Alzheimer’s disease is the only cause of death among the top 10 in America that cannot yet be prevented or cured. And though it kills more people per year than breast cancer and prostate cancer combined, it’s often given little attention in the public sphere, where Alzheimer’s and other dementia-related conditions are more often treated as inevitabilities than diseases.
June marks National Alzheimer’s and Brain Awareness Month, an advocacy effort spearheaded by the Alzheimer’s Association to raise awareness and research funding. Locally, a University of Virginia student group, Hoos for Memory, is working to end the notion that a disease that steals away memory is an inevitable part of aging.
“Every 67 seconds, someone in America develops Alzheimer’s,” said the group’s president, Lauren Goldberg, a rising fourth-year kinesiology major in the Curry School of Education, “and that number has fallen every year. The rates of many other diseases are decreasing due to research and funding, but the proportion of people with Alzheimer’s has been increasing.”
According to Goldberg, the tendency to think of Alzheimer’s as an “old-person’s disease” could be part of the reason funding has been so low compared to other common illnesses; the loss of memory is viewed as inevitable.
Hoos for Memory sponsors fundraisers and events throughout the year to support research at the U.Va. School of Medicine. Members also volunteer at a local assisted-living center and participate in the Central and Western Virginia chapter of the Alzheimer’s Association’s annual Walk to End Alzheimer’s.
This spring, the club convinced comedian Seth Rogen to make a video for its fourth annual “Munching for Memory” hot dog-eating contest. Rogen and his wife, Lauren Miller, are the founders of “Hilarity for Charity,” an annual comedy event in Los Angeles that benefits Alzheimer’s research, and recently launched “Hilarity for Charity U,” which encourages college organizations to raise awareness and funds to fight Alzheimer’s.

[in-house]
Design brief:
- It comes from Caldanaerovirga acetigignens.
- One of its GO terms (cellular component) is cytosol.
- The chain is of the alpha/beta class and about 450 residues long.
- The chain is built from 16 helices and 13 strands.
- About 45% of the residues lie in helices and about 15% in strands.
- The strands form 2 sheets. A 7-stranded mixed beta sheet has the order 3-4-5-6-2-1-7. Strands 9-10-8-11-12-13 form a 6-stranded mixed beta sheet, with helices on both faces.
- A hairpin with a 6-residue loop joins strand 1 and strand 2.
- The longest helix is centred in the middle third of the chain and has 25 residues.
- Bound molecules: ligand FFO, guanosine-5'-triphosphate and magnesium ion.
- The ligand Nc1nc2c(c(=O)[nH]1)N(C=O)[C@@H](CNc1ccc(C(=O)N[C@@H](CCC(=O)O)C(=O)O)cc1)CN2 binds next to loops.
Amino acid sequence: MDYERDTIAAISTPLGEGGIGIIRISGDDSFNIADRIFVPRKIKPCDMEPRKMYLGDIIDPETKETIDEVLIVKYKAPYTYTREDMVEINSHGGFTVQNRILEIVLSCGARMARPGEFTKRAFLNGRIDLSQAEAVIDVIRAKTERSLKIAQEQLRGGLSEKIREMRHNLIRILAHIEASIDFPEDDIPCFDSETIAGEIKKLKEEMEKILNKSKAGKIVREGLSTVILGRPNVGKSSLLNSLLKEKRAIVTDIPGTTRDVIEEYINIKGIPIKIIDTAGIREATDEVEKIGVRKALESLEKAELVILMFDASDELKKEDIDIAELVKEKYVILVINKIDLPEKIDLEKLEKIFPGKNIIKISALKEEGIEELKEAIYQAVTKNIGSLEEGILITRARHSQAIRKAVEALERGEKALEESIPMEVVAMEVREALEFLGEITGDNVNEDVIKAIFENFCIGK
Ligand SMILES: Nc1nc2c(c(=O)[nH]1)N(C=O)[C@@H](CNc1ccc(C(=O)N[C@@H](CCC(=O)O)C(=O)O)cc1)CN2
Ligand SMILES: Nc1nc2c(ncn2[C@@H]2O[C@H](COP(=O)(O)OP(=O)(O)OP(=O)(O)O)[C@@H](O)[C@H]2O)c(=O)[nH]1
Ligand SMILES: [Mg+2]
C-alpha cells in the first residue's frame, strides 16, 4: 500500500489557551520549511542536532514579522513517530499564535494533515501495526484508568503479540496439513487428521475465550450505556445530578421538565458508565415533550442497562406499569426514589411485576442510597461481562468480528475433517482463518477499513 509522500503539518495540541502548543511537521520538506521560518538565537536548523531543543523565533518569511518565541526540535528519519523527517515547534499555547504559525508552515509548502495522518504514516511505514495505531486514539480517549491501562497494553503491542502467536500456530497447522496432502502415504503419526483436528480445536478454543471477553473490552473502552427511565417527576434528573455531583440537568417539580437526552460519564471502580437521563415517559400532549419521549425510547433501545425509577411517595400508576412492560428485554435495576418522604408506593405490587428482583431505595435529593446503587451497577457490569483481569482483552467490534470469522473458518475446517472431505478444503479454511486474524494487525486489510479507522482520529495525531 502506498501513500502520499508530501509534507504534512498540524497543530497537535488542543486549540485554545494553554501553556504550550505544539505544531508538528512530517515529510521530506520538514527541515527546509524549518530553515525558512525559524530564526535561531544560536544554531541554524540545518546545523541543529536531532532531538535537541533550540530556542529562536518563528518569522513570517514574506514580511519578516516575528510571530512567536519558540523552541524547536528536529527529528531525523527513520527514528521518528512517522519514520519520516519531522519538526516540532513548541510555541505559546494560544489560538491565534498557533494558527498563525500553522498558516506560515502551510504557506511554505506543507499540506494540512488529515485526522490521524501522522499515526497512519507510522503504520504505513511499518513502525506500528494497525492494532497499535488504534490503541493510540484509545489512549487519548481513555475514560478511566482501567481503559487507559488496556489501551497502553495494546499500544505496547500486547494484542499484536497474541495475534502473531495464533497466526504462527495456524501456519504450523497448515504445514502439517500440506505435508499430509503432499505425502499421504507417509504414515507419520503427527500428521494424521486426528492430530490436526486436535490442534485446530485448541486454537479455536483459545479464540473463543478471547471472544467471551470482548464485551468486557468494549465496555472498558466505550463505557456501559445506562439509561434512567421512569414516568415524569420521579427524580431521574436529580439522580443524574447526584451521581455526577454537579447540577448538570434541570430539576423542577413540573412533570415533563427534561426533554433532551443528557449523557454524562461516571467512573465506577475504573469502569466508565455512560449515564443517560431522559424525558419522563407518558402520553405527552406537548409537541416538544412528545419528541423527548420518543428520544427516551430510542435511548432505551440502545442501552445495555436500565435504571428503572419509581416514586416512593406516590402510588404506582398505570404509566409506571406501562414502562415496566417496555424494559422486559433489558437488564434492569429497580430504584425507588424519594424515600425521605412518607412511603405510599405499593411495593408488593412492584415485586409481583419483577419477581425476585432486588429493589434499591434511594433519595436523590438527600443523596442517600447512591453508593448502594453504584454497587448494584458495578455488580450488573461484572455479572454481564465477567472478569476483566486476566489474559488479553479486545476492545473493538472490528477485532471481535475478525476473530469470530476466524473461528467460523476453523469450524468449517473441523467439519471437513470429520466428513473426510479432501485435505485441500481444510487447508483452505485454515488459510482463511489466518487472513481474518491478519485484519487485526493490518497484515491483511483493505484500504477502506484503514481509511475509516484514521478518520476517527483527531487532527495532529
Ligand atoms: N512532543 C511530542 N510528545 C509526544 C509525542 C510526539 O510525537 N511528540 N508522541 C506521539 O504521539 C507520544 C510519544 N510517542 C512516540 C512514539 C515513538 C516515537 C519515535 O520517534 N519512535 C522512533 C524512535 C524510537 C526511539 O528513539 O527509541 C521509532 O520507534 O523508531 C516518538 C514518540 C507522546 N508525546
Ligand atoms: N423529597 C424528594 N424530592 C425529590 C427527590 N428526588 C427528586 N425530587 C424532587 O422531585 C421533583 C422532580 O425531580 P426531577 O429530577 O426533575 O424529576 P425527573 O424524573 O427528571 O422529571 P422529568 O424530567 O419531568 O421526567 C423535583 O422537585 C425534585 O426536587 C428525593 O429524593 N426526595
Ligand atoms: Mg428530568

The U.Va. group reached out to Miller via Twitter, Goldberg said. “We eventually got in contact, and [Rogen] sent us a funny video that he made to promote the event.”
Goldberg’s late grandfather struggled with the disease, leading her to start an Alzheimer’s advocacy club at her at her high school in Norfolk. For her, the most rewarding part has been sending volunteers to local assisted-living facilities to socialize with people in Alzheimer’s units.
“It’s very eye-opening,” she said. “You can do as much fundraising as you want, but when you see how the disease affects someone, it gives you a whole new perspective.”
After age 65, the number of people in the population with Alzheimer’s doubles every five years. Almost half of people age 85 or older will have developed dementia, most of it Alzheimer’s disease, said U.Va. neurology professor Dr. Steven DeKosky, an international leader in Alzheimer’s disease research.
However, the disease can strike people as early as their 30s.
“By far, the most people who get the disease, get it as they age,” DeKosky said. “There a small number of families in the world in whom a specific mutation in one of three different genes will cause Alzheimer’s disease, and they are the younger people – usually developing the disease between 30 and 50.”
More than 5 million Americans today are living with Alzheimer’s, and that number is expected to triple by 2050, according to the Alzheimer’s Association.
“I honestly feel that if we all work together and raise as much awareness as possible, we can find treatment and even a cure at U.Va.,” Goldberg said.
This year’s Charlottesville Walk to End Alzheimer’s will be held Oct. 18, beginning in Lee Park.